The Packers are coming off their much needed bye week. After a 1-2 start, this bye couldn't have come at a better time. As dry as it is right now for Wisconsin sports, I thought I'd concoct the first installment of NFL Draft prospects for the Packers going into the 2014 NFL Draft. I think it's very important to get familiar with potential prospects for your pro sports teams, which is why I do these. These are purely based on blatant needs the Packers will be looking for in the draft and how these players could fall to them. (I recommend that if you're going to watch the videos that you enlarge them to full screen to really watch the featured player.)
Round 1 - Cyril Richardson, G/OT, Baylor
Depending on the Packers draft position, this would be the logical choice as our first round pick. Cyril Richardson could go in the Top 15, but he could also go late in the first round. I've seen him scattered all around draft boards. Richardson can play both guard and tackle on the offensive line. As we've seen so blatantly this year and in years past, Aaron Rodgers needs to be protected a heckuva lot more than he does. It seems every year the line suffers a huge injury that bumps somebody into a position on the line they are experienced at. This year = prime example. Bryan Bulaga gets hurt, insert rookie right tackle David Bahktiari at left tackle. I'm probably in the minority, but the only offensive lineman I trust to protect Aaron Rodgers in Josh Sitton. I want to get on the TJ Lang club, but too often I see him being lost. Now, maybe its him getting used to the new position this year (went from left guard to right guard)? Who knows.
Focusing on Cyril, this is a big boy. He knows how to protect a quarterback. The highlight video shows that. Richardson is 6'5", 340 pounds. He's a mammoth of a man and a true force. At Baylor, he was their starting left tackle for some guy named Robert Griffin III. After RG3 was drafted, Richardson shifted to left guard. He excels at both positions. For his size, he's very light on his feet. Guard, in my opinion, is his natural position.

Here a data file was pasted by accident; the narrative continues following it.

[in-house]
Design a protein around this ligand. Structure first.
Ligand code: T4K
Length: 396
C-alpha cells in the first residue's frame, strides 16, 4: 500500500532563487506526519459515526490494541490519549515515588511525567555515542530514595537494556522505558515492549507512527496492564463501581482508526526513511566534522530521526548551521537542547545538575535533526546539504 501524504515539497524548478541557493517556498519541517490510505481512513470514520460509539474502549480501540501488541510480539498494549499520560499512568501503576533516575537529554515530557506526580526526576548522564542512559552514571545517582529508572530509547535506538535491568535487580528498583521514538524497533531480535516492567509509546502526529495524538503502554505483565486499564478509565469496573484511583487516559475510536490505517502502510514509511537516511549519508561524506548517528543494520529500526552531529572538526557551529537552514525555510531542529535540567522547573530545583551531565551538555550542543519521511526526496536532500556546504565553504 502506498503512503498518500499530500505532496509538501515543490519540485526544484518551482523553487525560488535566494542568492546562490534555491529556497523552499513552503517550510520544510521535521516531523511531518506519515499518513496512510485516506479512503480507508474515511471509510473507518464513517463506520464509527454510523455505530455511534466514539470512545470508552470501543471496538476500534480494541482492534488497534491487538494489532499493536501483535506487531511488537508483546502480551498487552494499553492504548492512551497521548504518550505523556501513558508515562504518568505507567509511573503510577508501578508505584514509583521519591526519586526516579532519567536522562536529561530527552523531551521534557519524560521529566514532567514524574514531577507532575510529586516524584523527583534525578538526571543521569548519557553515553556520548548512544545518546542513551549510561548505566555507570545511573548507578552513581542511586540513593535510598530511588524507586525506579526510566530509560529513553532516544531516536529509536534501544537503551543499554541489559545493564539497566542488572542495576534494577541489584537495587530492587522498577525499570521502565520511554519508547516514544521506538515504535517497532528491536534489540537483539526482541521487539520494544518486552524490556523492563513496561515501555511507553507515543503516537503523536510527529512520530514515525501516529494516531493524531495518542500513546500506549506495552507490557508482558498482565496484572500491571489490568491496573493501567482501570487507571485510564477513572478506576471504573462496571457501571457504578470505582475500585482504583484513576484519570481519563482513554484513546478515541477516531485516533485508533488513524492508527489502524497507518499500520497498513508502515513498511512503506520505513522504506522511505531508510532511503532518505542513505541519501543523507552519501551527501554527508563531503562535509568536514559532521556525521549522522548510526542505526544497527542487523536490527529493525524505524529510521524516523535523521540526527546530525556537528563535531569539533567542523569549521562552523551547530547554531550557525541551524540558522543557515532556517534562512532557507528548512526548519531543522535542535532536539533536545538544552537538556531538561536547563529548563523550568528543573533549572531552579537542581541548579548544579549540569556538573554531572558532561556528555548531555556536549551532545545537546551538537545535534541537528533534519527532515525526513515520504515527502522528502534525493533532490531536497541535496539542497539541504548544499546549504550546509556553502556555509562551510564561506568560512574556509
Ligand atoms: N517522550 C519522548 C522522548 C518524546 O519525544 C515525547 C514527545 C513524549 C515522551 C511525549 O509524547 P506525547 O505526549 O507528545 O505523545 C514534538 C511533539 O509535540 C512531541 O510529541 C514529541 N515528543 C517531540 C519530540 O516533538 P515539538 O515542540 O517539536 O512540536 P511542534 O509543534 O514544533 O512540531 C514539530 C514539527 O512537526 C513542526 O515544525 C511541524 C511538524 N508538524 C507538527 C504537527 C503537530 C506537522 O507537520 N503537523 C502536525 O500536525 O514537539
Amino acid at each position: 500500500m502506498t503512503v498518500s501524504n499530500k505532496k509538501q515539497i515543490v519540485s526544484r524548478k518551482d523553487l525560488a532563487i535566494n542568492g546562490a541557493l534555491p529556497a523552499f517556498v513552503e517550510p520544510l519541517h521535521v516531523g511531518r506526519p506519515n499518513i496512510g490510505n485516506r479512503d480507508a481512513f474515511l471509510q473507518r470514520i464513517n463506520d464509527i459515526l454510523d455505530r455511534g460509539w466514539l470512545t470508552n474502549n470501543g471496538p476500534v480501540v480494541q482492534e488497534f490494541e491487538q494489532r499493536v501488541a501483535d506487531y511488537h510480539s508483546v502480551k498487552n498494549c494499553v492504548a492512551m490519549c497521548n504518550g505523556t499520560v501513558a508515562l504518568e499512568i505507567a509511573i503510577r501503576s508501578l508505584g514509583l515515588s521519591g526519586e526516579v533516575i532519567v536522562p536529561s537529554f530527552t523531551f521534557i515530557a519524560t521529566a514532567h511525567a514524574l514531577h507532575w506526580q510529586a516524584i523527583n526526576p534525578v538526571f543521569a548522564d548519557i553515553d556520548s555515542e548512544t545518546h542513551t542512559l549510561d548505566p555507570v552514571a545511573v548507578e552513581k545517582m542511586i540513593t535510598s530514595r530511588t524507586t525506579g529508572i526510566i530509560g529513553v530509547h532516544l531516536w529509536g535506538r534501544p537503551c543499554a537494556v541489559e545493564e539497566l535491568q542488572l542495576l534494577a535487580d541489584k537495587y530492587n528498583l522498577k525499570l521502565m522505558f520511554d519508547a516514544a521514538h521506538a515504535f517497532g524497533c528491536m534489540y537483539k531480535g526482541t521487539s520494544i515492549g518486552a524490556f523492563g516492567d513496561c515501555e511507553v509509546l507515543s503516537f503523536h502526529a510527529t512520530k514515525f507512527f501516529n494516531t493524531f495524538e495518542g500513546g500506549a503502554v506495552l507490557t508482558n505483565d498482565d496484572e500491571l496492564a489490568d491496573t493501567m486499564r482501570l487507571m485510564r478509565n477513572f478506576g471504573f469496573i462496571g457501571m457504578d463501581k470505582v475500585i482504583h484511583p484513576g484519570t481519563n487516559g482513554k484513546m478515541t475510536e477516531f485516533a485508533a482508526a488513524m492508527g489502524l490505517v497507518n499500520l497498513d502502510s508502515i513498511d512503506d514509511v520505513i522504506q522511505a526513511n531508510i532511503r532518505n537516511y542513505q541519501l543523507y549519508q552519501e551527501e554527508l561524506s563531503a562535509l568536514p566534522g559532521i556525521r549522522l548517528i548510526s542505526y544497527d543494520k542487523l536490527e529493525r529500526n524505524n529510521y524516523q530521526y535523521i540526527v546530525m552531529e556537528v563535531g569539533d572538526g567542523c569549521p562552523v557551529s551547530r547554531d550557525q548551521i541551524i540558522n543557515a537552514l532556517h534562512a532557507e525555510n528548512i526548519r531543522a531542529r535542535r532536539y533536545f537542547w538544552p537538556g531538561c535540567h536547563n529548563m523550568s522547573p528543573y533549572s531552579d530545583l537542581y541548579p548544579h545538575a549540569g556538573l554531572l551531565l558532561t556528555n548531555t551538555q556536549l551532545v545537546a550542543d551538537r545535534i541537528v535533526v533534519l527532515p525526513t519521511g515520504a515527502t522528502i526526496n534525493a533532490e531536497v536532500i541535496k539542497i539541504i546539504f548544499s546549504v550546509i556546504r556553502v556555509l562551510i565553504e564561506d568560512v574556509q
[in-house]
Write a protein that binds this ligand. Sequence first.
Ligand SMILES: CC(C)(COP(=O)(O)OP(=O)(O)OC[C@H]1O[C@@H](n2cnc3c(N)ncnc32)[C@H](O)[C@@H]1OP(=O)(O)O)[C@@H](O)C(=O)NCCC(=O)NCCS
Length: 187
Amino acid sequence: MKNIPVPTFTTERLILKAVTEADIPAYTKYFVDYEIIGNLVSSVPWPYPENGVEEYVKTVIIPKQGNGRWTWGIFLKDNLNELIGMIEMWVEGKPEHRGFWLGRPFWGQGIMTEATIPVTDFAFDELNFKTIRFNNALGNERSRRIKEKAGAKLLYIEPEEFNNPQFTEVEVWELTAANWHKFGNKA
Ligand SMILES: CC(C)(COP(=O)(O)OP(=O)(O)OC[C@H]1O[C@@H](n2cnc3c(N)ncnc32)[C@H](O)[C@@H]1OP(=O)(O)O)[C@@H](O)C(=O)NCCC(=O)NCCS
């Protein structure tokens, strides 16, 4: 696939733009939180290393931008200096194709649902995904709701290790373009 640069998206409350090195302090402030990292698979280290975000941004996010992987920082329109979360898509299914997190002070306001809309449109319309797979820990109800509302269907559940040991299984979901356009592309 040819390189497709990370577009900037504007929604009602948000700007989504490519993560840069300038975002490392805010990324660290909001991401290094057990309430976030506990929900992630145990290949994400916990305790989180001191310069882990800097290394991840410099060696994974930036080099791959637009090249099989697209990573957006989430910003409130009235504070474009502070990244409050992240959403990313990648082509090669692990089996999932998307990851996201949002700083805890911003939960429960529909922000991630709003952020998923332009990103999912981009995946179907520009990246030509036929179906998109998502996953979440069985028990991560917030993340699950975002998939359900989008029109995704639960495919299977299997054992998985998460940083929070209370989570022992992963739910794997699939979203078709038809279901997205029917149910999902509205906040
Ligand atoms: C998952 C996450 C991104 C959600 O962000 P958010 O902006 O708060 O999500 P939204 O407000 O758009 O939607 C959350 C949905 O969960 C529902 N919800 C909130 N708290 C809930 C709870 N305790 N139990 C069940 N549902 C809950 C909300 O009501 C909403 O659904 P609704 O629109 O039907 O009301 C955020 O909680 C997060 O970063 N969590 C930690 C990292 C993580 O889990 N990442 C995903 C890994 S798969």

Round 2 - Josh Huff, WR, Oregon
A little back story on why I see a wide receiver coming off the board so early for the Packers...
James Jones - Free Agent in 2014
Jermichael Finley - Free Agent in 2014
Jordy Nelson - Free Agent in 2015
Randall Cobb - Free Agent in 2015
See where I'm going with this? We all know how Ted operates. We all know that those four individuals won't all be Packers come 2015. We are going to have to replenish the targets that the gun shoots at. Catch my drift? Josh Huff may not have the elite speed, but is one of the most physical and tough wide receivers in this draft class. Rob Rang from NFLDraftScout.com wrote this up on him...
"...a difficult match up for cornerbacks. Huff uses his body well to shield defenders from the ball and he is a strong runner after the catch, demonstrating the balance and leg-drive to spin and run through arm tackles. Huff is not a future No. 1 target in the NFL, but his size and strength should make him an effective complementary wideout capable of contributing early in his pro career."
I did say he doesn't have elite speed. However, he still runs a 4.48 40 yard dash. That is definitely enough to qualify as a kick returner, something the Packers also need dearly. The team values Randall Cobb too much as a wide receiver to risk injury and having him return kicks for us anymore. It is unfortunate that the Jeremy Ross experiment didn't pan out, but it's back to the drawing board. Maybe Reggie Dunn will give us a spark.
Round 3 - Bennett Jackson, CB, Notre Dame
Bennett Jackson is like sap on your hands after you touch a pine tree. He's like duct tape. He's a leech. He's one of the best defensive backs and the Packers could really use the depth. The most unique attribute about Jackson is that he's a former wide receiver. That being said, you could assume that he strives so well at corner because he knows the ins and outs of the position he's defending.
Last year for the Fighting Irish he recording 65 tackles (3rd best on the team) and 4 interceptions. Through the first five games of this season, he has accumulated 31 tackles, 1 sack and 1 interception that turned into a pick-six for Bennett.